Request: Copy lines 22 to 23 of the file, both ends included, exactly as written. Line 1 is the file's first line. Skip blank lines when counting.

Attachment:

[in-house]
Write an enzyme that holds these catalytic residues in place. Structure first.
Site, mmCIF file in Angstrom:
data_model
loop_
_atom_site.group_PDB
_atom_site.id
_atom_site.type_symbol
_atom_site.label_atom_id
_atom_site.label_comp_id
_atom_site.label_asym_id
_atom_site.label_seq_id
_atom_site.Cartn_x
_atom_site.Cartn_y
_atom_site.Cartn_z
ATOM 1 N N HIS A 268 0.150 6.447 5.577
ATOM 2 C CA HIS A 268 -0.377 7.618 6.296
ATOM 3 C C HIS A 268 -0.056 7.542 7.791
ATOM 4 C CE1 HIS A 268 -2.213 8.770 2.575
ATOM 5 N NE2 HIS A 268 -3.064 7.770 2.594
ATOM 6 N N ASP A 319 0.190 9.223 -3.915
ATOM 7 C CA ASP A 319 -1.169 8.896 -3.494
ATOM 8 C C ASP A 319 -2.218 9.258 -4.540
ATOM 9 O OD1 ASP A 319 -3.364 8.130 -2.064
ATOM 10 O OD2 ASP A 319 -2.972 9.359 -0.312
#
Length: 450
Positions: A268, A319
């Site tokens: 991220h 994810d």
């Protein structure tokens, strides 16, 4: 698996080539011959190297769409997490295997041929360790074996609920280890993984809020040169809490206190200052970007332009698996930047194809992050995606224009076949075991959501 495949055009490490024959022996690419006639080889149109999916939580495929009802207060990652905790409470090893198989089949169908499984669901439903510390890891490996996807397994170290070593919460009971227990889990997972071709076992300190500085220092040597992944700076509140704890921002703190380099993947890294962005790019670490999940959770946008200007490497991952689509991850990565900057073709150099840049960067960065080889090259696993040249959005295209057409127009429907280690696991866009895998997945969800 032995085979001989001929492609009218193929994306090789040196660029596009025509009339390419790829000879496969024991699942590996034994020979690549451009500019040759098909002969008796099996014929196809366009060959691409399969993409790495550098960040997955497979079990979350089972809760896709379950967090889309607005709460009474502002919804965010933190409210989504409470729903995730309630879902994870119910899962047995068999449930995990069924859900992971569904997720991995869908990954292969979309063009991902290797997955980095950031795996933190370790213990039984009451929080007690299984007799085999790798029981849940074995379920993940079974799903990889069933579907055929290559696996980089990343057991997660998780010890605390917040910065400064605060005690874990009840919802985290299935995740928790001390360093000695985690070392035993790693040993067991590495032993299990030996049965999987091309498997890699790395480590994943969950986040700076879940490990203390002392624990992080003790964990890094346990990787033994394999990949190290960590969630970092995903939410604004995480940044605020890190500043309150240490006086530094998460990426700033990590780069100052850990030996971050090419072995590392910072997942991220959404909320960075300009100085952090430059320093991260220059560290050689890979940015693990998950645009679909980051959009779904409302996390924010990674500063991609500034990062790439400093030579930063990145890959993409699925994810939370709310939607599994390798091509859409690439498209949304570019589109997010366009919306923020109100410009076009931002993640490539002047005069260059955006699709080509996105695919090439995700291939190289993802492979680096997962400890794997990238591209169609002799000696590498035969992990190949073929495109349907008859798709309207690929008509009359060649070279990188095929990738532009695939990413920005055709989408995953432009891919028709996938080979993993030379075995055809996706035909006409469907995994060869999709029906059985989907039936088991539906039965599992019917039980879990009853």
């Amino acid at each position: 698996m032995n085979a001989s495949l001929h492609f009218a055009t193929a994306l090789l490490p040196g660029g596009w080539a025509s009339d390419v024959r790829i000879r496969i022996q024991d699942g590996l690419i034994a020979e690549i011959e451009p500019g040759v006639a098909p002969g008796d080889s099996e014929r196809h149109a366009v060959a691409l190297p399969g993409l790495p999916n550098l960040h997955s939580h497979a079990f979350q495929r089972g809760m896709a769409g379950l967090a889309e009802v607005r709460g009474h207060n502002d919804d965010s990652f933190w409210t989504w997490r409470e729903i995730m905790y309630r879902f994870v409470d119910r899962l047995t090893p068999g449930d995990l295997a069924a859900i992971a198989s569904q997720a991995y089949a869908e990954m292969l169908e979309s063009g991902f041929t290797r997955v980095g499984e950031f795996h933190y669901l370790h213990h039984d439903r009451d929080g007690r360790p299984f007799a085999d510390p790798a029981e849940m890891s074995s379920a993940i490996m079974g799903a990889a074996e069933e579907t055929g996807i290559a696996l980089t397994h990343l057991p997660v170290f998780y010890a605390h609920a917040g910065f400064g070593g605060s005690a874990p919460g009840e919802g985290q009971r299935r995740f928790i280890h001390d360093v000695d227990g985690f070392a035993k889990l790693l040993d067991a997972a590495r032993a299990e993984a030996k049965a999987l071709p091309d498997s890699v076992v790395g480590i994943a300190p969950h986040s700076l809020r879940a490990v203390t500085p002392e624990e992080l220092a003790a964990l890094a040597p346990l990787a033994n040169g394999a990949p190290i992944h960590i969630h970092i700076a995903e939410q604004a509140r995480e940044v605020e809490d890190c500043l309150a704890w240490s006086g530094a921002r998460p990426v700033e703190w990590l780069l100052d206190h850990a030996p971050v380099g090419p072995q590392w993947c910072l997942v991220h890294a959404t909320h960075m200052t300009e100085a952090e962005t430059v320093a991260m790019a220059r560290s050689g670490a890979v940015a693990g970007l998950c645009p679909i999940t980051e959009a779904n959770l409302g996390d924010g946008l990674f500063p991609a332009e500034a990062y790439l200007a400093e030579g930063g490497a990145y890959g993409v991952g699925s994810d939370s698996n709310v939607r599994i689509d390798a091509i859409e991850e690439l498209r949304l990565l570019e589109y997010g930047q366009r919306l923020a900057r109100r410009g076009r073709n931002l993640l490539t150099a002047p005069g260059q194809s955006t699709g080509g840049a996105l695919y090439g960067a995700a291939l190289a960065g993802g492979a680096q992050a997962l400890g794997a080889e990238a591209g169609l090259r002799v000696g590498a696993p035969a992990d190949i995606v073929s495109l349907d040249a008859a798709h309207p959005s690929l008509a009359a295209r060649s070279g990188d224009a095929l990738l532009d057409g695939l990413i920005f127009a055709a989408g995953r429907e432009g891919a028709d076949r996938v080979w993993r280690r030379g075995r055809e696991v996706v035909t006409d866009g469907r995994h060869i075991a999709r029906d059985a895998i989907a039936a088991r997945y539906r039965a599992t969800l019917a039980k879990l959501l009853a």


ATOM 7 C CA ASP A 319 -1.169 8.896 -3.494
ATOM 8 C C ASP A 319 -2.218 9.258 -4.540